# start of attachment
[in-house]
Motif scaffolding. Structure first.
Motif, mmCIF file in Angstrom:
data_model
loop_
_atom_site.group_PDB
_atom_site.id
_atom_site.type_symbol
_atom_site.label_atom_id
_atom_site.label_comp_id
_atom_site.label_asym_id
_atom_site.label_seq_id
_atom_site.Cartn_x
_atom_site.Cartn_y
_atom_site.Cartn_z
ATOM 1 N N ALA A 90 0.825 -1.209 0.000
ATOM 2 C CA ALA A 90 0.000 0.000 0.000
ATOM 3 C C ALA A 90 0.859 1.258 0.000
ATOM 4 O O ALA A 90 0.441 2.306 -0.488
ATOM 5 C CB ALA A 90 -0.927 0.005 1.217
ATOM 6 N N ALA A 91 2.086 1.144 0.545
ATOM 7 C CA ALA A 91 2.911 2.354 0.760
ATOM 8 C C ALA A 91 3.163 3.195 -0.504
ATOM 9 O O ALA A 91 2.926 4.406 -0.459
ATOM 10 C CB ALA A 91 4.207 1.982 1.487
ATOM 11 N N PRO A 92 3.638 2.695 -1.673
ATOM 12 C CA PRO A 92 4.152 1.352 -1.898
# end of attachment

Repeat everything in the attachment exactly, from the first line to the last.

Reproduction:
[in-house]
Motif scaffolding. Structure first.
Motif, mmCIF file in Angstrom:
data_model
loop_
_atom_site.group_PDB
_atom_site.id
_atom_site.type_symbol
_atom_site.label_atom_id
_atom_site.label_comp_id
_atom_site.label_asym_id
_atom_site.label_seq_id
_atom_site.Cartn_x
_atom_site.Cartn_y
_atom_site.Cartn_z
ATOM 1 N N ALA A 90 0.825 -1.209 0.000
ATOM 2 C CA ALA A 90 0.000 0.000 0.000
ATOM 3 C C ALA A 90 0.859 1.258 0.000
ATOM 4 O O ALA A 90 0.441 2.306 -0.488
ATOM 5 C CB ALA A 90 -0.927 0.005 1.217
ATOM 6 N N ALA A 91 2.086 1.144 0.545
ATOM 7 C CA ALA A 91 2.911 2.354 0.760
ATOM 8 C C ALA A 91 3.163 3.195 -0.504
ATOM 9 O O ALA A 91 2.926 4.406 -0.459
ATOM 10 C CB ALA A 91 4.207 1.982 1.487
ATOM 11 N N PRO A 92 3.638 2.695 -1.673
ATOM 12 C CA PRO A 92 4.152 1.352 -1.898